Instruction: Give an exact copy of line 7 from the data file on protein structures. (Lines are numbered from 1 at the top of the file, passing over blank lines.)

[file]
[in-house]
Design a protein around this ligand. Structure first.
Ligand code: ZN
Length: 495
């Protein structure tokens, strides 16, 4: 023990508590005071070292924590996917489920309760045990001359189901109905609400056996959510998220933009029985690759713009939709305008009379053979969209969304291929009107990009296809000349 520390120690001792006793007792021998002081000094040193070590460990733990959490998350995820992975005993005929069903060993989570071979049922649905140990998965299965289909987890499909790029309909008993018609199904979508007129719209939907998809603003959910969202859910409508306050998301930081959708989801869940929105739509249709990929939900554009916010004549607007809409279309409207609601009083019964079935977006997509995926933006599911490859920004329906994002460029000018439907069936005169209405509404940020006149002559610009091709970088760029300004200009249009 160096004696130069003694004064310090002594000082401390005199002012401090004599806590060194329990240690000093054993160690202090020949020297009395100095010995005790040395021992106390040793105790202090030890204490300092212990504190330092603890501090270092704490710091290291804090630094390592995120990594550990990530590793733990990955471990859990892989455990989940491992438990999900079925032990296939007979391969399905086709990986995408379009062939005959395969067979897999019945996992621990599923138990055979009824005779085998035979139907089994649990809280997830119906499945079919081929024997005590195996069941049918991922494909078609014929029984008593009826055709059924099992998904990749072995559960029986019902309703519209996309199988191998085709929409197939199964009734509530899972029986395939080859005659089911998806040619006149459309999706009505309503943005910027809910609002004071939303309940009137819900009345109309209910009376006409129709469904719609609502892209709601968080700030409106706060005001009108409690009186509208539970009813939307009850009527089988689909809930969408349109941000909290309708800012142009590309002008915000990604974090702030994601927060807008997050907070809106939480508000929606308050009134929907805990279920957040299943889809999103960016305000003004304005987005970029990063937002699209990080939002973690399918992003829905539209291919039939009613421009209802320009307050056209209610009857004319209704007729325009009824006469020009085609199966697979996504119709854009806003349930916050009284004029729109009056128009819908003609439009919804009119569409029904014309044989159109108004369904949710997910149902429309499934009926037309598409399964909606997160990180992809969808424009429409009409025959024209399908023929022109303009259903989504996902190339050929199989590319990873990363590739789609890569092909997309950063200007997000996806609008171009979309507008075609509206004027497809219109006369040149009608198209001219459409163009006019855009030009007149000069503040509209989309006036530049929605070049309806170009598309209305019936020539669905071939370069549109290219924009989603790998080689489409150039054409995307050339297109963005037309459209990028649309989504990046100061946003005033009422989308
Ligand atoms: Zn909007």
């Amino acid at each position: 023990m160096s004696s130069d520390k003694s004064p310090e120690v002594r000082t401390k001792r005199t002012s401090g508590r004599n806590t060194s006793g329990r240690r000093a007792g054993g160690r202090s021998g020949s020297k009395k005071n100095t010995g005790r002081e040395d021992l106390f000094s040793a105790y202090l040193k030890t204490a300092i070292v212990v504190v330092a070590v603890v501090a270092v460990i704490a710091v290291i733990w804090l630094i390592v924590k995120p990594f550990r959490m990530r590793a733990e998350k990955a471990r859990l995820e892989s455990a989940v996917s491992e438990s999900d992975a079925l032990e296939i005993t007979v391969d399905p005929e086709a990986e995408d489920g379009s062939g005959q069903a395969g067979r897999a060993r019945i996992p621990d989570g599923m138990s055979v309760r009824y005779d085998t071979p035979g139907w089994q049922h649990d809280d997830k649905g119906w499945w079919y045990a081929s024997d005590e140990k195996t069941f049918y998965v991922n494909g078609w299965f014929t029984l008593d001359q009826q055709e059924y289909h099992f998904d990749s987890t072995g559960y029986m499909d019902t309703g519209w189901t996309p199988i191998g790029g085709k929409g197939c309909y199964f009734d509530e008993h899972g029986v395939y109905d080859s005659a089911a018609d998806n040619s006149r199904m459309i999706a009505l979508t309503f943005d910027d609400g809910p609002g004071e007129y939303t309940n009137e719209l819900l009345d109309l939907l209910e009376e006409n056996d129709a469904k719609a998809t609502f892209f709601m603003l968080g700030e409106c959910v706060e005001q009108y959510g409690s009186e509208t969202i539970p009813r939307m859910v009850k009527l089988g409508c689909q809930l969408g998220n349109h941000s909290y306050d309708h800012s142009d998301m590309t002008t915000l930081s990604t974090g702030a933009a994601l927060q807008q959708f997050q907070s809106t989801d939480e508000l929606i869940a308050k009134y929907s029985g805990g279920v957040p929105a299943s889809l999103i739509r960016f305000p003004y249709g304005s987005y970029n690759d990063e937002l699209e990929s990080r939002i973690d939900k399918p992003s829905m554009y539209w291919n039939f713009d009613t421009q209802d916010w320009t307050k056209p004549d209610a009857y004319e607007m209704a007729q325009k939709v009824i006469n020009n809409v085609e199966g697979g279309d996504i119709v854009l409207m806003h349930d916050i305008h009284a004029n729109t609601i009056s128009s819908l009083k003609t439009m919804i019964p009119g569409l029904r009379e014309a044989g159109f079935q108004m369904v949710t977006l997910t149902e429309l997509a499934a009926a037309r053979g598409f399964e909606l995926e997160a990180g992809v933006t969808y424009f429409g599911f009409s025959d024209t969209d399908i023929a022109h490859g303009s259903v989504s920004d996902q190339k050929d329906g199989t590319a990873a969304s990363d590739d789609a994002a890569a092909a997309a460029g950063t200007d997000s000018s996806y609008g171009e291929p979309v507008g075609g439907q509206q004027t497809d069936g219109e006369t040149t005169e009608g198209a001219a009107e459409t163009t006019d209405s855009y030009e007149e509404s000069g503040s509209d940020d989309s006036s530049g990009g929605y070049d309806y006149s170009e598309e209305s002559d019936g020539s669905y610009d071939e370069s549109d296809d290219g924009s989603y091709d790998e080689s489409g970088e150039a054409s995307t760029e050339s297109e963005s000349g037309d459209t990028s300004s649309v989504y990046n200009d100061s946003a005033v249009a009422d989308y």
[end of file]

């Amino acid at each position: 023990m160096s004696s130069d520390k003694s004064p310090e120690v002594r000082t401390k001792r005199t002012s401090g508590r004599n806590t060194s006793g329990r240690r000093a007792g054993g160690r202090s021998g020949s020297k009395k005071n100095t010995g005790r002081e040395d021992l106390f000094s040793a105790y202090l040193k030890t204490a300092i070292v212990v504190v330092a070590v603890v501090a270092v460990i704490a710091v290291i733990w804090l630094i390592v924590k995120p990594f550990r959490m990530r590793a733990e998350k990955a471990r859990l995820e892989s455990a989940v996917s491992e438990s999900d992975a079925l032990e296939i005993t007979v391969d399905p005929e086709a990986e995408d489920g379009s062939g005959q069903a395969g067979r897999a060993r019945i996992p621990d989570g599923m138990s055979v309760r009824y005779d085998t071979p035979g139907w089994q049922h649990d809280d997830k649905g119906w499945w079919y045990a081929s024997d005590e140990k195996t069941f049918y998965v991922n494909g078609w299965f014929t029984l008593d001359q009826q055709e059924y289909h099992f998904d990749s987890t072995g559960y029986m499909d019902t309703g519209w189901t996309p199988i191998g790029g085709k929409g197939c309909y199964f009734d509530e008993h899972g029986v395939y109905d080859s005659a089911a018609d998806n040619s006149r199904m459309i999706a009505l979508t309503f943005d910027d609400g809910p609002g004071e007129y939303t309940n009137e719209l819900l009345d109309l939907l209910e009376e006409n056996d129709a469904k719609a998809t609502f892209f709601m603003l968080g700030e409106c959910v706060e005001q009108y959510g409690s009186e509208t969202i539970p009813r939307m859910v009850k009527l089988g409508c689909q809930l969408g998220n349109h941000s909290y306050d309708h800012s142009d998301m590309t002008t915000l930081s990604t974090g702030a933009a994601l927060q807008q959708f997050q907070s809106t989801d939480e508000l929606i869940a308050k009134y929907s029985g805990g279920v957040p929105a299943s889809l999103i739509r960016f305000p003004y249709g304005s987005y970029n690759d990063e937002l699209e990929s990080r939002i973690d939900k399918p992003s829905m554009y539209w291919n039939f713009d009613t421009q209802d916010w320009t307050k056209p004549d209610a009857y004319e607007m209704a007729q325009k939709v009824i006469n020009n809409v085609e199966g697979g279309d996504i119709v854009l409207m806003h349930d916050i305008h009284a004029n729109t609601i009056s128009s819908l009083k003609t439009m919804i019964p009119g569409l029904r009379e014309a044989g159109f079935q108004m369904v949710t977006l997910t149902e429309l997509a499934a009926a037309r053979g598409f399964e909606l995926e997160a990180g992809v933006t969808y424009f429409g599911f009409s025959d024209t969209d399908i023929a022109h490859g303009s259903v989504s920004d996902q190339k050929d329906g199989t590319a990873a969304s990363d590739d789609a994002a890569a092909a997309a460029g950063t200007d997000s000018s996806y609008g171009e291929p979309v507008g075609g439907q509206q004027t497809d069936g219109e006369t040149t005169e009608g198209a001219a009107e459409t163009t006019d209405s855009y030009e007149e509404s000069g503040s509209d940020d989309s006036s530049g990009g929605y070049d309806y006149s170009e598309e209305s002559d019936g020539s669905y610009d071939e370069s549109d296809d290219g924009s989603y091709d790998e080689s489409g970088e150039a054409s995307t760029e050339s297109e963005s000349g037309d459209t990028s300004s649309v989504y990046n200009d100061s946003a005033v249009a009422d989308y």